Most know them as seagulls, a name which implies a proclivity for life at sea. Yet this familiar moniker is neither accurate (scientifically speaking), nor seems to fall in line with a universal observation—gulls love parking lots, whatever their distance from the salty sea. But first, the name.
Now, it may sound pretentious to even address this, but the truth is seagulls aren’t seagulls at all. Nevertheless, their truest name isn’t all that far off—simply subtract sea and there you have it. There are over 50 species of gull around the world, all relatively similar in appearance and behavior, yes, but this is important because of the tendency to lump in other gull-like seabirds (albatrosses, terns, etc) into the same group—all of which are interesting in their own right and deserve separate recognition.
Regardless, why is it that gulls are so often found in parking lots, sometimes hundreds of miles from the nearest large body of water? It’s simple; french fries.
Just kidding, but fries certainly play a role—in a sense. Gulls are what we call opportunistic omnivores, meaning they are essentially living (literal) garbage disposals. Fish, insects, worms, rodents, fries, my brioche donuts, eggs straight from the nest, lizards, snakes, frogs, turtles, hamburgers, seeds, fruit, chips, garbage, crabs, other birds, the list goes on, all of which are equally as palatable—dead or alive.
This is factor one in understanding their propensity for parking lot loitering. Factor two is in the wide open spaces. Oceans, beaches, lakes, parking lots, roof tops, and the like all have one thing in common: they allow gulls to group up out in the open in such a way that gives them a line of sight on both potential food sources and potential predators. Wide open space makes a safe place.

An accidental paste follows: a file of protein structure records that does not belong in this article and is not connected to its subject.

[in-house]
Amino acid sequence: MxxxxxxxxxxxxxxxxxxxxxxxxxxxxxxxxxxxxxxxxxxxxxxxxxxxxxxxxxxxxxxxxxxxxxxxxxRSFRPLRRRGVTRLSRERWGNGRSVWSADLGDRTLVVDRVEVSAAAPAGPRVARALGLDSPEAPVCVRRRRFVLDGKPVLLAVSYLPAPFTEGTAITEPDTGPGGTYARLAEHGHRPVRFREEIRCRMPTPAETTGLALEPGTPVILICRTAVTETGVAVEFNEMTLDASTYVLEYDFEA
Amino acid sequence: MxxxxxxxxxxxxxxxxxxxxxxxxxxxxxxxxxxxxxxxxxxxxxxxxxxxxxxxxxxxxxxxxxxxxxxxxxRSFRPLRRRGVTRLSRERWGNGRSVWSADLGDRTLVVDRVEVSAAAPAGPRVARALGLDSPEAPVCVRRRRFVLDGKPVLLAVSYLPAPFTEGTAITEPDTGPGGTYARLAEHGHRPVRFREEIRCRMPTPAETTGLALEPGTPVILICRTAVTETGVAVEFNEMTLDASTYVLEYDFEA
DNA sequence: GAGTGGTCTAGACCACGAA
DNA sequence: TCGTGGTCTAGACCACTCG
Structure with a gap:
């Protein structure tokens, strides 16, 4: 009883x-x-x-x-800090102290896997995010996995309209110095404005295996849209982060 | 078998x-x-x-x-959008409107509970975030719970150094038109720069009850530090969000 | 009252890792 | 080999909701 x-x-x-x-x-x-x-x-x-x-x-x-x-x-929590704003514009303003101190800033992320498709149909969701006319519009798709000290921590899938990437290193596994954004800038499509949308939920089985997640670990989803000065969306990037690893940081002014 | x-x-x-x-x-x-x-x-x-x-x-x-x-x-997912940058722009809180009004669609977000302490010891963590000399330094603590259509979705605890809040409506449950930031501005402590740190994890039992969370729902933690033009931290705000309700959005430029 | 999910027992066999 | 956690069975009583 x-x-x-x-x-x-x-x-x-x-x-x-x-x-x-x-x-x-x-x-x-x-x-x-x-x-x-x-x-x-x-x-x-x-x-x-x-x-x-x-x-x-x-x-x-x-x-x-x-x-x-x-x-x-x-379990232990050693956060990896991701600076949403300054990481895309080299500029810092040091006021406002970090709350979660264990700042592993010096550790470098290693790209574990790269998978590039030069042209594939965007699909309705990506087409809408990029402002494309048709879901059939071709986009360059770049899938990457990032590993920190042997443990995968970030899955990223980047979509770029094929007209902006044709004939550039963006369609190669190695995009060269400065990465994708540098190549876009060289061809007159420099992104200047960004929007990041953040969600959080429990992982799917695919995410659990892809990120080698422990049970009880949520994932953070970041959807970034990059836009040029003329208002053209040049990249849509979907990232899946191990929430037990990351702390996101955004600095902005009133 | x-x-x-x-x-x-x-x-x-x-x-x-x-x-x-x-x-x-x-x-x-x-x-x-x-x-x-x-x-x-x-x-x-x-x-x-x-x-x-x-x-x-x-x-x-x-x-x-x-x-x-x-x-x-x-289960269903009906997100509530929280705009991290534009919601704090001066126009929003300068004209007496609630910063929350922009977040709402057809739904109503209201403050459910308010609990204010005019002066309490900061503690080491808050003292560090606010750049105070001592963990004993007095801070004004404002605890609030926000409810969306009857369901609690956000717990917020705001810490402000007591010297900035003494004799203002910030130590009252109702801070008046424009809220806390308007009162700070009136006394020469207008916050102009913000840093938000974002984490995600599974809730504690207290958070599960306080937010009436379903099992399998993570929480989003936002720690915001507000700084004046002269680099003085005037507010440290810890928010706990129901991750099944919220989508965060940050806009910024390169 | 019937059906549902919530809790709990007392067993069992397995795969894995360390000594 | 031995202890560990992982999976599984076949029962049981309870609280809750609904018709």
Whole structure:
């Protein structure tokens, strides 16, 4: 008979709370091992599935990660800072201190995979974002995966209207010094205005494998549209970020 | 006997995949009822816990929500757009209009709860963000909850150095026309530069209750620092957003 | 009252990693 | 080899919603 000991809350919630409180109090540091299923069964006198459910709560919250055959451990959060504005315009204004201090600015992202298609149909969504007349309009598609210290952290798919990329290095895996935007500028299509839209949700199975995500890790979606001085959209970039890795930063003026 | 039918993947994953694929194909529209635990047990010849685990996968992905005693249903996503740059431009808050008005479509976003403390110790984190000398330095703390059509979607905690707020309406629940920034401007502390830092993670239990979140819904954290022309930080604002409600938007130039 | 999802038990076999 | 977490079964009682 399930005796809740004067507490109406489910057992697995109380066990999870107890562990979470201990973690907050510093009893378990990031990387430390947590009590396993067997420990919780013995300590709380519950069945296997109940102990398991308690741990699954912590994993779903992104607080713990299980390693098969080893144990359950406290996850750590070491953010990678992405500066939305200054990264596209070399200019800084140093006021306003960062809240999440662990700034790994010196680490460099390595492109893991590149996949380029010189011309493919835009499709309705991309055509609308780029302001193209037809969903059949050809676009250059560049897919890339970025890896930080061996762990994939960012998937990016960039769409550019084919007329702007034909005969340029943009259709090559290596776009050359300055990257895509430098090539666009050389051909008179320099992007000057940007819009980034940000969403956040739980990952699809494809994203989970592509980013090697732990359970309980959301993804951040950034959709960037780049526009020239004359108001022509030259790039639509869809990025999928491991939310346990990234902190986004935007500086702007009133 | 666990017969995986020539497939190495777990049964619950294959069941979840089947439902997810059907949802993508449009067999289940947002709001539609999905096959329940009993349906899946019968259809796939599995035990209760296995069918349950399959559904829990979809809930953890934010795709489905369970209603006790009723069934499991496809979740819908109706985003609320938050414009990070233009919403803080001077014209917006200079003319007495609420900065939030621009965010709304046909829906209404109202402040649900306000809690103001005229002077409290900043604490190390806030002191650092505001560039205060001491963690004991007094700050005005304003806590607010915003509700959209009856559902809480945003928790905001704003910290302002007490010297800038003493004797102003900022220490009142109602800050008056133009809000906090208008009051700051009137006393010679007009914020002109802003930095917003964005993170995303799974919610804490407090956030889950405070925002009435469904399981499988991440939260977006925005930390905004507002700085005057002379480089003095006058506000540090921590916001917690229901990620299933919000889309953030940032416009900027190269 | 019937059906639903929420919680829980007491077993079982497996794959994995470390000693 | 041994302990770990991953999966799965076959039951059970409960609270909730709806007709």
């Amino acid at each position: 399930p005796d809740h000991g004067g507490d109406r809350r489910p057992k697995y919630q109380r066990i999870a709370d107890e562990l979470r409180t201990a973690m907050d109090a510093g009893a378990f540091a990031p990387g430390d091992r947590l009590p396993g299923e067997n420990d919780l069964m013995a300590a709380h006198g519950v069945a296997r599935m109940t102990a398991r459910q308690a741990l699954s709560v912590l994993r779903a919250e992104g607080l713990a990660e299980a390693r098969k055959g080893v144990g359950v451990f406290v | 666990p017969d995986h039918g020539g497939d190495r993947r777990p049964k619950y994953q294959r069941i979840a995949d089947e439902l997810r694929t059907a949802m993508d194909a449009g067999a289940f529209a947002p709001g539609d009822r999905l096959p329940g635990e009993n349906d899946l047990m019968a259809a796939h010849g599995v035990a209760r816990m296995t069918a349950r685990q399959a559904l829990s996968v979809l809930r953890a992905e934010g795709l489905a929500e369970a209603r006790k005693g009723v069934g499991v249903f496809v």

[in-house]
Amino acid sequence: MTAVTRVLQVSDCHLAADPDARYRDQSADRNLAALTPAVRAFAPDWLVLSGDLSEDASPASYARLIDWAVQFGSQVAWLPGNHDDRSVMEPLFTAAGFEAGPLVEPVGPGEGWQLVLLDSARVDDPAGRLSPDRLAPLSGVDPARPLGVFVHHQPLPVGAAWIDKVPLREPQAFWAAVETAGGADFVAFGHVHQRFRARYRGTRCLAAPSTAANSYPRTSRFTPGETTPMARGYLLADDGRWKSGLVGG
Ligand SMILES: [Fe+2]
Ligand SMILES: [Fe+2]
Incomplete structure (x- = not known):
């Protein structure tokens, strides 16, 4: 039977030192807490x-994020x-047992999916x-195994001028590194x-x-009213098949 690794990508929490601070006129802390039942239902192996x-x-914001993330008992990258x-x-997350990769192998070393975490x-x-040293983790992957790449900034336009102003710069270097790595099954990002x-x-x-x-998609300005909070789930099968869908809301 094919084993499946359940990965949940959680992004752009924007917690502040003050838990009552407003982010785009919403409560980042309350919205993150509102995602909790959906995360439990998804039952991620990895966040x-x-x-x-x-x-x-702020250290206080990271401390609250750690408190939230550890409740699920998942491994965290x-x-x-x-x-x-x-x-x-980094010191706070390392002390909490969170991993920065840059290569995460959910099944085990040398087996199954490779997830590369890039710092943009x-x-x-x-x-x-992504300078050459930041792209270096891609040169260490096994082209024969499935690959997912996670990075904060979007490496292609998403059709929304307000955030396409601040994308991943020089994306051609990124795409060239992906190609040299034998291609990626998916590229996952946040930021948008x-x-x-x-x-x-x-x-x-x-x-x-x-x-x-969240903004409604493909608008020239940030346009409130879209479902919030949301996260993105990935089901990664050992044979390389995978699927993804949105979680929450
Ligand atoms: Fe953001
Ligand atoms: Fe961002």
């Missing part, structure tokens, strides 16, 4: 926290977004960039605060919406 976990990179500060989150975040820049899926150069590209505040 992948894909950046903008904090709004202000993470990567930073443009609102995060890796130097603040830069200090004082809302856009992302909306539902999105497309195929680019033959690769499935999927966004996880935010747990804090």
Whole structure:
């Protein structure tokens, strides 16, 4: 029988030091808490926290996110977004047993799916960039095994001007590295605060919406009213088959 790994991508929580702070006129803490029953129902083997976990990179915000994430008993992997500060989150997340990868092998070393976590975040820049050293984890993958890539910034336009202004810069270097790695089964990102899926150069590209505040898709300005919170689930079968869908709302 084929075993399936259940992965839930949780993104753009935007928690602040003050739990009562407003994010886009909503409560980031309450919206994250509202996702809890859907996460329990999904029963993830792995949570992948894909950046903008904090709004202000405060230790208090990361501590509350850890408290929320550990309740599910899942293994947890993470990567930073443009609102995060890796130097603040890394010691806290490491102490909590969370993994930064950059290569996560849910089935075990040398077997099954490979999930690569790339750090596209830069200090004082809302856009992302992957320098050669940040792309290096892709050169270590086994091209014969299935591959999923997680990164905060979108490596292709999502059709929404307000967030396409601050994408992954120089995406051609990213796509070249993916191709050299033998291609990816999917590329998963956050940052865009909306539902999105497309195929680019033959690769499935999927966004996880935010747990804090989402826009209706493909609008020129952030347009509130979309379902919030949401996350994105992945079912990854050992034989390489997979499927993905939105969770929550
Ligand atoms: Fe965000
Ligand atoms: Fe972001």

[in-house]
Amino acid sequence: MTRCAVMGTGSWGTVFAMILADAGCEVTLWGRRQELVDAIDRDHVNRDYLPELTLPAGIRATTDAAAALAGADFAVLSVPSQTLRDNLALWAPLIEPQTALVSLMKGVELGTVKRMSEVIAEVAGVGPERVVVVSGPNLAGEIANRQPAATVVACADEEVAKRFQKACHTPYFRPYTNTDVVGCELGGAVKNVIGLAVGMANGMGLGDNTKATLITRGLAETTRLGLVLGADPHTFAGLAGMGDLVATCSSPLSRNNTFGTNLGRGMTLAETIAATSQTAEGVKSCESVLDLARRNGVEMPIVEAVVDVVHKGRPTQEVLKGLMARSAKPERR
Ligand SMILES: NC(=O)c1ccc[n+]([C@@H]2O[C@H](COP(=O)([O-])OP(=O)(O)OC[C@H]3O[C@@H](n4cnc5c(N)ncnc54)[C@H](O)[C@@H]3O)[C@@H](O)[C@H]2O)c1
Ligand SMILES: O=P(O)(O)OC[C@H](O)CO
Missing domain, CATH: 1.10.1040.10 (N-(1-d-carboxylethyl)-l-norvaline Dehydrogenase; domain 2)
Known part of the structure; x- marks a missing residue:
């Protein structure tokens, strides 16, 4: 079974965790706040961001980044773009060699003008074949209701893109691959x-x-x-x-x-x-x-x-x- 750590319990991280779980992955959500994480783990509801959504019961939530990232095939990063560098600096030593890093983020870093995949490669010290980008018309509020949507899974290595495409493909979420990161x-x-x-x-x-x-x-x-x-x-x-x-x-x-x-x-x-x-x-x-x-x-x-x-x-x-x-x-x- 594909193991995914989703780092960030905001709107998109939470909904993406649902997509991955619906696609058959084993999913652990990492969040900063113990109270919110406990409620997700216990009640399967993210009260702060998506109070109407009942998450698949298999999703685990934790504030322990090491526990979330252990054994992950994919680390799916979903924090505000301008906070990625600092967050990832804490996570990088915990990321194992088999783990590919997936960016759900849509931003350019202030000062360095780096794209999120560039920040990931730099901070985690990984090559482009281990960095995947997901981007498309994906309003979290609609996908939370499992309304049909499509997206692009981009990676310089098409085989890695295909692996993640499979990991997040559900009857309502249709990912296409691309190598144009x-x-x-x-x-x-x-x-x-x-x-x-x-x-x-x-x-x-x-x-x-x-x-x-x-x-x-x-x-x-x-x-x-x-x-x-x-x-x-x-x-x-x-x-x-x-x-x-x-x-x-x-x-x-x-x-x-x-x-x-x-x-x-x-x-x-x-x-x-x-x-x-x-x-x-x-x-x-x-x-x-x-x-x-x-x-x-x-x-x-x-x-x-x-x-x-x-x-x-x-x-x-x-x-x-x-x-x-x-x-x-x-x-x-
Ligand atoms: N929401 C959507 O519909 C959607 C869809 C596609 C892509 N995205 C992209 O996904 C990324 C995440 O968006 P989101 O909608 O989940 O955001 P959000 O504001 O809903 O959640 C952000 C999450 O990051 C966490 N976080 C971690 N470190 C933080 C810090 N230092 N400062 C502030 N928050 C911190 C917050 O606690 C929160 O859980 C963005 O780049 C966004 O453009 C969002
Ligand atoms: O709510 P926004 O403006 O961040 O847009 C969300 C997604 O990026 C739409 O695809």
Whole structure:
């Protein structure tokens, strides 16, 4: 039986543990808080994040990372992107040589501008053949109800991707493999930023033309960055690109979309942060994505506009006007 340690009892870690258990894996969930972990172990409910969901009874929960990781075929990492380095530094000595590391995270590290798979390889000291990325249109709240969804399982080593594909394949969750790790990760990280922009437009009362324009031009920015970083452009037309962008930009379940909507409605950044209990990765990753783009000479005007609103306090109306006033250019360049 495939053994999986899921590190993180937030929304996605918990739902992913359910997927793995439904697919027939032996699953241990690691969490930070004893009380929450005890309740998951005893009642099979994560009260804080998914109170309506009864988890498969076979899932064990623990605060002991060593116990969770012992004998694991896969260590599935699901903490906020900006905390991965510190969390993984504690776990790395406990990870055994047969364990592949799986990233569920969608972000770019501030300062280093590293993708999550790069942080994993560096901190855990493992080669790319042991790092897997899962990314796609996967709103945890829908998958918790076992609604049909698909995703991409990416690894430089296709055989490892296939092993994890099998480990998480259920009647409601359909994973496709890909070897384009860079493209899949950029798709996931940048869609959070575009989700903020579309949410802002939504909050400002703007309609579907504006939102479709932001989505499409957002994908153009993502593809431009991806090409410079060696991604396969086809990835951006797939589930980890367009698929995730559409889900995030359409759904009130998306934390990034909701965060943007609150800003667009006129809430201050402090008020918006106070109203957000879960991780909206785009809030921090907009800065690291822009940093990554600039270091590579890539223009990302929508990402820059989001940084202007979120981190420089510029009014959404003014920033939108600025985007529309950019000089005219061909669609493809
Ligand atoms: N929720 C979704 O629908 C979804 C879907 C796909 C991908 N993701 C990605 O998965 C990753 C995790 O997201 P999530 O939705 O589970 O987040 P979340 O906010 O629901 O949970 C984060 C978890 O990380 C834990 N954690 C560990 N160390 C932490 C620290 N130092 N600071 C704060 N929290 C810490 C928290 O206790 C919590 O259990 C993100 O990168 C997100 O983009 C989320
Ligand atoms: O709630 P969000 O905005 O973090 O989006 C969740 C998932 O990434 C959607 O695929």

One thing I didn’t mention is the Gulls beverage of choice—anything. But as far as water is concerned, they have evolved a fascinating adaptation which allows them to drink salt water. Gulls have what are called exocrine glands which are positioned in the supraorbital grooves of their skulls. Those glands function by excreting the salt directly out of their nostrils!
Gulls are like the Jurassic Park version of Velociraptors. They are intelligent, curious, cunning, communicative, and tend to display complex social behaviors which you may not expect from french fry guzzling “rats with wings” (as they are sometimes called). Like Crows, Gulls are known to mob predators or whomever else grinds their gears. I like to imagine they’d sound like 1930’s Italian gangsters if they could talk, but they can’t, so that’s neither here nor there.
Some Gulls, like the Ring-Billed Gull, work together to actively steal food from other birds and people with unattended picnic baskets—a behavior known as kleptoparasitism. Some gulls have even been observed to land on the backs of whales to hitch a ride and eat parasites and bits of the whales own flesh! Laughing Gulls are particularly infamous for their tendency to destroy the eggs of other birds nests which have had tremendous impacts on the success and presence of other species you might otherwise find along different beaches and shorelines. The Herring Gulls cleverness has been observed to extend to tool use, using other food as bait to catch small fish.
Gulls monogamously breed and nest on every single continent in large colonial groups, typically returning to the same nesting site every year after migration. While their love tends to be life long, there are the occasional break ups, though nothing nearly on the scale of Ross and Rachel. These ‘divorces’ aren’t super common and they tend to be followed by years of social blacklisting.
Evidently, Gulls are profoundly petty.